I truly wish I had some older Xeon 5400-class hardware here to add to the mix. There’s a clear jump from the Xeon 5500s to the 5600s—and that’s just an evolutionary step up. Older Harpertown chips would have illustrated the gains inherent to Intel’s Nehalem architecture (and Gelsinger's claims) more poignantly.
Nevertheless, thanks to a new suite of benchmarks and a 5520-based platform that makes comparing LGA 1366-based processors relatively easy, we can clearly see where it makes sense to spring for a 24-thread, dual-socket workstation. Do a little research. Know if the software you’re running is threaded or not. If it is, a pair of Xeon X5680s, specifically, is very likely going to yield better performance than any other 2P configuration from Intel.
There are caveats, as we saw in Adobe’s CS4 suite. Divvying up 4 GB of system memory between 24 logical cores in a 32-bit application is asking for trouble, or at least a massive performance hit. So, make sure you’re running in a 64-bit environment if you want to come anywhere close to taking advantage of this platform’s potential in threaded software.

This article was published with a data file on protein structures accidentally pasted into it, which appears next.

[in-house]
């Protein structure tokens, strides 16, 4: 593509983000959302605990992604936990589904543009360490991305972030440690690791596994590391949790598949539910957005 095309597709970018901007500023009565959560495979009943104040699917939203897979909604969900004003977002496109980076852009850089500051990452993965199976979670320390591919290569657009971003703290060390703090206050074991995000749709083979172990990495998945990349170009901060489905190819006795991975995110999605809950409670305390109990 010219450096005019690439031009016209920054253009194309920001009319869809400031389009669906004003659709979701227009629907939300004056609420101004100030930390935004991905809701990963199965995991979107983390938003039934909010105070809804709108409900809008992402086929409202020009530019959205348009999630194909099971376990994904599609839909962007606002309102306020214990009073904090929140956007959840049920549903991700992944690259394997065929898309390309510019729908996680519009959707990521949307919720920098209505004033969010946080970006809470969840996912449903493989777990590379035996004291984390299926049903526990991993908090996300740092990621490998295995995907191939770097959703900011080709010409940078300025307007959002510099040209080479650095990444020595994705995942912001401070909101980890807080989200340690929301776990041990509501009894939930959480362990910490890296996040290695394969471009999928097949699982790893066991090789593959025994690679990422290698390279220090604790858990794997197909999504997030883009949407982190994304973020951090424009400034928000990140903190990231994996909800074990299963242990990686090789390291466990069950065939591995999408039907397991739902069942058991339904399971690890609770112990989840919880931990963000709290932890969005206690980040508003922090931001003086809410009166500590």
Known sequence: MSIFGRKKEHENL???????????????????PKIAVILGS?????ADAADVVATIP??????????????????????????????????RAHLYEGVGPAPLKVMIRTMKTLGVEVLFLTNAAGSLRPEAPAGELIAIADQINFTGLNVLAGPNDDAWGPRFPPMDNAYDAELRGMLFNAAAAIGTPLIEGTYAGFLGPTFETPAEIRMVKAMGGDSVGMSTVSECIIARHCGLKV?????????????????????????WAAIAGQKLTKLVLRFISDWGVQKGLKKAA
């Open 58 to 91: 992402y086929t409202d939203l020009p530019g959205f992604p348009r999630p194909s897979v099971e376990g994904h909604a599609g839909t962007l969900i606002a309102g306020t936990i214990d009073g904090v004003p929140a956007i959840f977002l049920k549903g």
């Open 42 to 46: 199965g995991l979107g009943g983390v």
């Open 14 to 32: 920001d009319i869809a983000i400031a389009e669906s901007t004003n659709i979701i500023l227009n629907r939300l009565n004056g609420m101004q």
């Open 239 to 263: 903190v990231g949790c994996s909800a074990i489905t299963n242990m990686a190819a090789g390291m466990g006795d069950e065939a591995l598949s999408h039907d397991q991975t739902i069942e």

And just as we harp on the importance of building balanced desktops, the same holds true here. A potent dual-socket workstation should be complemented with plenty of memory and fast storage. In this case, 12 GB of DDR3-1333 and a pair of 160 GB SSDs in RAID 0 did the trick. Naturally, there are also gains to be had from a capable graphics card. And in some applications, your GPU will make all of the difference, while the Xeons have no impact whatsoever.
What we can say definitively is that the Xeon X5680—despite running 133 MHz faster than Intel’s older Xeon W5580—operates more efficiently than its predecessor in threaded software. It’s significantly more complex, what, with its two extra cores and 4 MB of extra L3 cache. But it fits within the same thermal envelope thanks to 32 nm manufacturing, and even manages to use less average power in our LightWave rendering test that the Xeon 5500-series chip.
And although a pair of hexa-core Xeons are much more power-hungry than a single Core i7-980X, the performance they enable gets threaded workloads done faster—fast enough, in fact, to yield a lower average watt-hour rating than the single-socket Core i7.
As for AMD, here’s hoping its SR56x0 and SP5100 chipset components pave the way for renewed competition in the workstation space. It’d be interesting to gauge the speed of the Opteron 6100-series’ 12 physical cores against Intel’s 6C/12T Xeon 5600-series, after all.